Jet (fluid)

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Jets from a pump-jet on a ferry.
A relativistic jet emitted from galaxy M87, as seen by the Hubble Space Telescope.

A jet is a stream of fluid that is projected into a surrounding medium, usually from some kind of a nozzle, aperture or orifice.[1] Jets can travel long distances[quantify] without dissipating.

Jet fluid has higher momentum compared to the surrounding fluid medium. In the case that the surrounding medium is assumed to be made up of the same fluid as the jet, and this fluid has a viscosity, the surrounding fluid is carried along with the jet in a process called entrainment.[2]

Some animals, notably cephalopods, move by jet propulsion, as do rocket engines and jet engines.

Applications[edit]

Liquid jets are used in many different areas. In everyday life, you can find them for instance coming from the water tap, the showerhead, and from spray cans. In agriculture, they play a role in irrigation and in the application of crop protection products. In the field of medicine, you can find liquid jets for example in injection procedures or inhalers. Industry uses liquid jets for waterjet cutting, for coating materials or in cooling towers. Atomized liquid jets are essential for the efficiency of internal combustion engines. But they also play a crucial role in research, for example in the study of proteins,[3] phase transitions,[4] extreme states of matter,[5] laser plasmas,[6] High harmonic generation,[7] and also in particle physics experiments.[8] Also some animals, notably cephalopods, move by jet propulsion. Gas jets are found in rocket engines and jet engines.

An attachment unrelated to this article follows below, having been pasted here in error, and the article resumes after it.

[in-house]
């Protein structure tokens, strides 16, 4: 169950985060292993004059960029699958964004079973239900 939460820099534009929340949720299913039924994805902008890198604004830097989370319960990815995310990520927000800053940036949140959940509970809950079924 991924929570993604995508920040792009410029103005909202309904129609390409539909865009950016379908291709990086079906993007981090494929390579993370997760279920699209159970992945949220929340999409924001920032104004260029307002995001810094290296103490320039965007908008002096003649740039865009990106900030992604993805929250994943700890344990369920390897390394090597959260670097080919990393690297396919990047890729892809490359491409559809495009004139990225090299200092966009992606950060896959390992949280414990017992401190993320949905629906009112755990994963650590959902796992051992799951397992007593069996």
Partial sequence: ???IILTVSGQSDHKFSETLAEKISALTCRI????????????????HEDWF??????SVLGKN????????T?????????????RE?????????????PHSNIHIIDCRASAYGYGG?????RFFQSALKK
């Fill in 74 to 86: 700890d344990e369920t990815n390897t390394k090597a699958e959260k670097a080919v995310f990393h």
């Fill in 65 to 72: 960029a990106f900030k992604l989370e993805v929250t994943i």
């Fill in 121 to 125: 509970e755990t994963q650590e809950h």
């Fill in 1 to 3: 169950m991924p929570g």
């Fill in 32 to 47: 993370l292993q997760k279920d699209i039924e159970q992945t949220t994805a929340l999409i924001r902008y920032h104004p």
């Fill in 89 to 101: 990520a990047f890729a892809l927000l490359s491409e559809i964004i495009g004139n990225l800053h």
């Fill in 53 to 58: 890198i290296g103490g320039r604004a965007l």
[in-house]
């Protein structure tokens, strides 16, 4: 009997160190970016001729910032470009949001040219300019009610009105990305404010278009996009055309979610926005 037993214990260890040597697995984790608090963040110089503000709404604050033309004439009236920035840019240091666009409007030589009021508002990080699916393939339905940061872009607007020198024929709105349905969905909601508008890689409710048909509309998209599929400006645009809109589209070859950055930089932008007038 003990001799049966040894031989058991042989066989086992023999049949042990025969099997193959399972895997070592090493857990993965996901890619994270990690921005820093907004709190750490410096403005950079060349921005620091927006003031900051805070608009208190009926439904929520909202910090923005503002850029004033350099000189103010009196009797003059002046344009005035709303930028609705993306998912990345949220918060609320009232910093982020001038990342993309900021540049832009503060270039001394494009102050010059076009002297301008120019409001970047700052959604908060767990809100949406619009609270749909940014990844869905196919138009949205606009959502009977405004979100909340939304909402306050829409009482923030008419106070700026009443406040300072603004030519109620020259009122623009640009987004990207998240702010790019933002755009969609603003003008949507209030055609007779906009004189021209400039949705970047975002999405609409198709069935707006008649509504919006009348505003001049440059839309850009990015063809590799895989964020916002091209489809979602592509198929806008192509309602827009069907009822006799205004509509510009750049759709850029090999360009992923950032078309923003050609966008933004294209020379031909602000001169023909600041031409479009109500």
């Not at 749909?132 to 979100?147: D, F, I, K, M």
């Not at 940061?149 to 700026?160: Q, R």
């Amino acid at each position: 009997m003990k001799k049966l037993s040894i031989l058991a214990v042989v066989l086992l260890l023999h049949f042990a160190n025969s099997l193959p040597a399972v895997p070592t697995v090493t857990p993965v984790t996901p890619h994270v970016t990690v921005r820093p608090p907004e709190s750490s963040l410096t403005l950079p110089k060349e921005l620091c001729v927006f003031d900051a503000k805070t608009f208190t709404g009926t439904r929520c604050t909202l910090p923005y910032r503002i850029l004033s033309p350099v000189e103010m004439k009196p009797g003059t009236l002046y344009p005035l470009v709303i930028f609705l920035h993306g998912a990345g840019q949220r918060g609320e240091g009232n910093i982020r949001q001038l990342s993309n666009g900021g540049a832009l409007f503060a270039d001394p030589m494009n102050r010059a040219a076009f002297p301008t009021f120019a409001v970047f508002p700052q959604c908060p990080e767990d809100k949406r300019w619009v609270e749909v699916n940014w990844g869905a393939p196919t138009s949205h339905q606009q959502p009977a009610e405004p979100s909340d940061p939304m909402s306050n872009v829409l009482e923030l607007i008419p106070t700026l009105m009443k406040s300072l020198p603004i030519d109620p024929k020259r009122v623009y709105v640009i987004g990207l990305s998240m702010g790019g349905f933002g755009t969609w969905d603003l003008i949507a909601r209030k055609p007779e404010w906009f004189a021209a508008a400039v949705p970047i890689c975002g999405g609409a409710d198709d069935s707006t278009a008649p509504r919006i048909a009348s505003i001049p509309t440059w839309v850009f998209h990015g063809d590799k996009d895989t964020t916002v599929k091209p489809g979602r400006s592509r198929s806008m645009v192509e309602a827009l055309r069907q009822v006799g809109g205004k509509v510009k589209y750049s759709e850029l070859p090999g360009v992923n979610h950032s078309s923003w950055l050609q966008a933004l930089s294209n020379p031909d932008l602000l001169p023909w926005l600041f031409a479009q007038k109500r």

See also[edit]

References[edit]

  1. ^ "Definition of JET". www.merriam-webster.com. Retrieved 2022-01-13.
  2. ^ Swain, Prakash Chandra (2016). "Fluid Dynamics Lecture Notes" (PDF). www.vssut.ac.in. Retrieved 26 July 2021.{{cite web}}: CS1 maint: url-status (link)
  3. ^ Frauke Bierau; et al. (2010), "Catching Proteins in Liquid Helium Droplets", Physical Review Letters, vol. 105, no. 13, p. 133402, doi:10.1103/PhysRevLett.105.133402
  4. ^ Matthias Kühnel; et al. (2011), "Time-Resolved Study of Crystallization in Deeply Cooled Liquid Parahydrogen", Physical Review Letters, vol. 106, p. 245301, doi:10.1103/physrevlett.106.245301
  5. ^ Neumayer, P; et al. (2012), "Evidence for ultra-fast heating in intense-laser irradiated reduced-mass targets", Physics of Plasmas, vol. 19, p. 122708, doi:10.1063/1.4772773
  6. ^ R. A. Costa Fraga; et al. (2012), "Compact cryogenic source of periodic hydrogen and argon droplet beams for relativistic laser-plasma generation", Review of Scientific Instruments, vol. 83, p. 025102, doi:10.1063/1.3681940
  7. ^ T.T. Luu; Z. Yin; et al. (2018), "Extreme–ultraviolet high–harmonic generation in liquids", Nature Communication, vol. 19, p. 3723, doi:10.1038/s41467-018-06040-4{{citation}}: CS1 maint: multiple names: authors list (link)
  8. ^ Gianluigi Boca (2014), "The PANDA experiment: physics goals and experimental setup", EPJ Web of Conferences, vol. 72, p. 00002, doi:10.1051/epjconf/20147200002
  • Pijush K. Kundu and Ira M. Cohen, "Fluid mechanics, Volume 10", Elsevier, Burlington, MA,USA (2008), ISBN 978-0-12-373735-9
  • Falkovich, G. (2011). Fluid Mechanics, a short course for physicists. Cambridge University Press. ISBN 978-1-107-00575-4.